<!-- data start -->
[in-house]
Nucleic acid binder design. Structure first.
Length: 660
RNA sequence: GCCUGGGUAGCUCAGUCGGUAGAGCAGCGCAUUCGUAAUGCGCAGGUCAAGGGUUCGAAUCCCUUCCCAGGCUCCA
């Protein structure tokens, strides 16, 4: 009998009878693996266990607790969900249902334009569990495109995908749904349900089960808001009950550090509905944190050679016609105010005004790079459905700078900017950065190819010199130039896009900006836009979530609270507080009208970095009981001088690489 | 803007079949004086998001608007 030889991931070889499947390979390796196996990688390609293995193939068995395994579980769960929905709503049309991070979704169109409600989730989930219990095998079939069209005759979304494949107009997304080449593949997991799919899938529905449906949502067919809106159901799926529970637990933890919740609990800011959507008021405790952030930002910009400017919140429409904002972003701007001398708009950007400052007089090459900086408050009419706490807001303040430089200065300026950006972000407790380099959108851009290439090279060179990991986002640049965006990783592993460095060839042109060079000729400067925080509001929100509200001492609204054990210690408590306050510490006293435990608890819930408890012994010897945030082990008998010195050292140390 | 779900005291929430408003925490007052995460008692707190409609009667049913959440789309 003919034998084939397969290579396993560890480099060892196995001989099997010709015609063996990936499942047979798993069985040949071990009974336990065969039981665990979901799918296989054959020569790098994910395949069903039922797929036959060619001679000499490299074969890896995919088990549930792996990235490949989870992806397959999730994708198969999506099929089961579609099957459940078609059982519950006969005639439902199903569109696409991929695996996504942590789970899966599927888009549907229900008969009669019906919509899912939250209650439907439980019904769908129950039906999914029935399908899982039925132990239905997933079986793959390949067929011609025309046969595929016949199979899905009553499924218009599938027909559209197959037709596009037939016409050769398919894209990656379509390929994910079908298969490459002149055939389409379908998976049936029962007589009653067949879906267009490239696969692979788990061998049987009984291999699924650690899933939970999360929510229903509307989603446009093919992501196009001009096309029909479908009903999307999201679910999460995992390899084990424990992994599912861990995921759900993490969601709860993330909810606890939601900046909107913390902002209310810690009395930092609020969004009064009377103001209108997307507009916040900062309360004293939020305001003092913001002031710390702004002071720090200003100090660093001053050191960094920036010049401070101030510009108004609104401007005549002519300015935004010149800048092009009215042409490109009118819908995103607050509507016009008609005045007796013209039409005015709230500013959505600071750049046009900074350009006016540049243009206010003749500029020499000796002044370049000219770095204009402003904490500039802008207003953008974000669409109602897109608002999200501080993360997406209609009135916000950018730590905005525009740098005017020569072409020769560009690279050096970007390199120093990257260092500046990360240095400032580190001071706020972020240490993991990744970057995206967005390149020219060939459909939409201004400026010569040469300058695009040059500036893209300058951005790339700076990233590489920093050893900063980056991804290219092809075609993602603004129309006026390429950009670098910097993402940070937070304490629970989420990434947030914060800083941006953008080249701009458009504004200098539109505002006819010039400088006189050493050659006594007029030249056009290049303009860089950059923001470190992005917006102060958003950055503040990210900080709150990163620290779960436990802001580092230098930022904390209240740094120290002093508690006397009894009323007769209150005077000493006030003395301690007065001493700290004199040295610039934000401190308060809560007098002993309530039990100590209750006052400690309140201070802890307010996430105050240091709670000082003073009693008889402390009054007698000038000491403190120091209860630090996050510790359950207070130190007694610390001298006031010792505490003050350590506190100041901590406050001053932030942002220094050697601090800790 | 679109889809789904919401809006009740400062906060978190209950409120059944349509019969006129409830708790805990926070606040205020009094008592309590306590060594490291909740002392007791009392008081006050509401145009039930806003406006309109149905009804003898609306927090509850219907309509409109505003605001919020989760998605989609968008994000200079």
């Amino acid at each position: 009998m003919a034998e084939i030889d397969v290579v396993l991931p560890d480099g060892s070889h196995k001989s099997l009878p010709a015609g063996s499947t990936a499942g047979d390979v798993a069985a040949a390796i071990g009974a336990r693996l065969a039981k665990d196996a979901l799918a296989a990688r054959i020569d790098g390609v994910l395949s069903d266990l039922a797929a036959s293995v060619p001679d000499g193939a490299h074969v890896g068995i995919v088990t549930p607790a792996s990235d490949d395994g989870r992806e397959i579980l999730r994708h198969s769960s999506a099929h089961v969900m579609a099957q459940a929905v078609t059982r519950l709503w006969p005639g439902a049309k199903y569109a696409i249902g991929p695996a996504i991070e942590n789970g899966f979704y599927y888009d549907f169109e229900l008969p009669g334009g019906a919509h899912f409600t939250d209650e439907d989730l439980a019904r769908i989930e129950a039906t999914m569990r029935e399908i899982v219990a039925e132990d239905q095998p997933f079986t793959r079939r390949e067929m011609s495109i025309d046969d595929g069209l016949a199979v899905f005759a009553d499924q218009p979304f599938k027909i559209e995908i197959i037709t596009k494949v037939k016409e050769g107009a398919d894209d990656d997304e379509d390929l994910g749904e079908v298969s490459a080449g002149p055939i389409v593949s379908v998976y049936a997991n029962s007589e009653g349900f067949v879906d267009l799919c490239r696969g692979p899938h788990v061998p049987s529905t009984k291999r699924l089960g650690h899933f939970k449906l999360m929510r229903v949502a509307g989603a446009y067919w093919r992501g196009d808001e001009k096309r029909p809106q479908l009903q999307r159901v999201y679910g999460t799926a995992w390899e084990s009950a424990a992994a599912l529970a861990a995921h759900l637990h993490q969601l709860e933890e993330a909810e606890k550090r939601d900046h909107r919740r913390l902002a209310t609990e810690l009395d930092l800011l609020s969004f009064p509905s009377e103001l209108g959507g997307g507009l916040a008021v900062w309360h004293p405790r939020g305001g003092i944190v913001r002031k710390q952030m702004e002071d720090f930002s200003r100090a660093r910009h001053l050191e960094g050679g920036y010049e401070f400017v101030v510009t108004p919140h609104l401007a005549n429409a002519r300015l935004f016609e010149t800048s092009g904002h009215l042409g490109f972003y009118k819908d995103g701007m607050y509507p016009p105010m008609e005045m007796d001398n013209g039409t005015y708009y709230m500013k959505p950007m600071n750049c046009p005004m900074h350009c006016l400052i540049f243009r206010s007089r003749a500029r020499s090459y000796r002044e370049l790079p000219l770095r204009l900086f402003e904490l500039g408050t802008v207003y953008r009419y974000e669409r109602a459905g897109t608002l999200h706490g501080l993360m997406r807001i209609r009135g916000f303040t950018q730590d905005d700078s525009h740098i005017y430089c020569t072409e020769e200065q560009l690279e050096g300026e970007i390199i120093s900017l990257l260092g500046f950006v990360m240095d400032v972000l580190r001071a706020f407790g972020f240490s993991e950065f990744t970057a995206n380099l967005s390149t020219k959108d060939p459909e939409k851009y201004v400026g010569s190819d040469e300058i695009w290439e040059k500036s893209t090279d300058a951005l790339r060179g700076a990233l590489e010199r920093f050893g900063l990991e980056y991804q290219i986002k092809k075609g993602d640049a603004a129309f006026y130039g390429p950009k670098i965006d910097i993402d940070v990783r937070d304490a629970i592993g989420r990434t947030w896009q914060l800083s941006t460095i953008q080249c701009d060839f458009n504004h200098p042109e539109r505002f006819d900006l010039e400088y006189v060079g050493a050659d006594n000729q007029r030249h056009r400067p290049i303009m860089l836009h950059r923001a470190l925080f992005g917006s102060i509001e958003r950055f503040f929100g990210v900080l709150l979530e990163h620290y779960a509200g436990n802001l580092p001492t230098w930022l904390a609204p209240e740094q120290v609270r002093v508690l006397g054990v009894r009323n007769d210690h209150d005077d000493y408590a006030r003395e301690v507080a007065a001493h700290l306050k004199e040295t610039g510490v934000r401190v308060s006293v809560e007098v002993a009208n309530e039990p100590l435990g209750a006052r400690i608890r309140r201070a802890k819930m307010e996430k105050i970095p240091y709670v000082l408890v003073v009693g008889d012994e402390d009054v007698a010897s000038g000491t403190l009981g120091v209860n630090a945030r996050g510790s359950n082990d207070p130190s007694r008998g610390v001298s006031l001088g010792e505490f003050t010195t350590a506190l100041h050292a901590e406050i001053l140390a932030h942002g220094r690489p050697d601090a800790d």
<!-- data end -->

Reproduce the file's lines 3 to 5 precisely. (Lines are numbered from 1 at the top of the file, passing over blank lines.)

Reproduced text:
Length: 660
RNA sequence: GCCUGGGUAGCUCAGUCGGUAGAGCAGCGCAUUCGUAAUGCGCAGGUCAAGGGUUCGAAUCCCUUCCCAGGCUCCA
């Protein structure tokens, strides 16, 4: 009998009878693996266990607790969900249902334009569990495109995908749904349900089960808001009950550090509905944190050679016609105010005004790079459905700078900017950065190819010199130039896009900006836009979530609270507080009208970095009981001088690489 | 803007079949004086998001608007 030889991931070889499947390979390796196996990688390609293995193939068995395994579980769960929905709503049309991070979704169109409600989730989930219990095998079939069209005759979304494949107009997304080449593949997991799919899938529905449906949502067919809106159901799926529970637990933890919740609990800011959507008021405790952030930002910009400017919140429409904002972003701007001398708009950007400052007089090459900086408050009419706490807001303040430089200065300026950006972000407790380099959108851009290439090279060179990991986002640049965006990783592993460095060839042109060079000729400067925080509001929100509200001492609204054990210690408590306050510490006293435990608890819930408890012994010897945030082990008998010195050292140390 | 779900005291929430408003925490007052995460008692707190409609009667049913959440789309 003919034998084939397969290579396993560890480099060892196995001989099997010709015609063996990936499942047979798993069985040949071990009974336990065969039981665990979901799918296989054959020569790098994910395949069903039922797929036959060619001679000499490299074969890896995919088990549930792996990235490949989870992806397959999730994708198969999506099929089961579609099957459940078609059982519950006969005639439902199903569109696409991929695996996504942590789970899966599927888009549907229900008969009669019906919509899912939250209650439907439980019904769908129950039906999914029935399908899982039925132990239905997933079986793959390949067929011609025309046969595929016949199979899905009553499924218009599938027909559209197959037709596009037939016409050769398919894209990656379509390929994910079908298969490459002149055939389409379908998976049936029962007589009653067949879906267009490239696969692979788990061998049987009984291999699924650690899933939970999360929510229903509307989603446009093919992501196009001009096309029909479908009903999307999201679910999460995992390899084990424990992994599912861990995921759900993490969601709860993330909810606890939601900046909107913390902002209310810690009395930092609020969004009064009377103001209108997307507009916040900062309360004293939020305001003092913001002031710390702004002071720090200003100090660093001053050191960094920036010049401070101030510009108004609104401007005549002519300015935004010149800048092009009215042409490109009118819908995103607050509507016009008609005045007796013209039409005015709230500013959505600071750049046009900074350009006016540049243009206010003749500029020499000796002044370049000219770095204009402003904490500039802008207003953008974000669409109602897109608002999200501080993360997406209609009135916000950018730590905005525009740098005017020569072409020769560009690279050096970007390199120093990257260092500046990360240095400032580190001071706020972020240490993991990744970057995206967005390149020219060939459909939409201004400026010569040469300058695009040059500036893209300058951005790339700076990233590489920093050893900063980056991804290219092809075609993602603004129309006026390429950009670098910097993402940070937070304490629970989420990434947030914060800083941006953008080249701009458009504004200098539109505002006819010039400088006189050493050659006594007029030249056009290049303009860089950059923001470190992005917006102060958003950055503040990210900080709150990163620290779960436990802001580092230098930022904390209240740094120290002093508690006397009894009323007769209150005077000493006030003395301690007065001493700290004199040295610039934000401190308060809560007098002993309530039990100590209750006052400690309140201070802890307010996430105050240091709670000082003073009693008889402390009054007698000038000491403190120091209860630090996050510790359950207070130190007694610390001298006031010792505490003050350590506190100041901590406050001053932030942002220094050697601090800790 | 679109889809789904919401809006009740400062906060978190209950409120059944349509019969006129409830708790805990926070606040205020009094008592309590306590060594490291909740002392007791009392008081006050509401145009039930806003406006309109149905009804003898609306927090509850219907309509409109505003605001919020989760998605989609968008994000200079």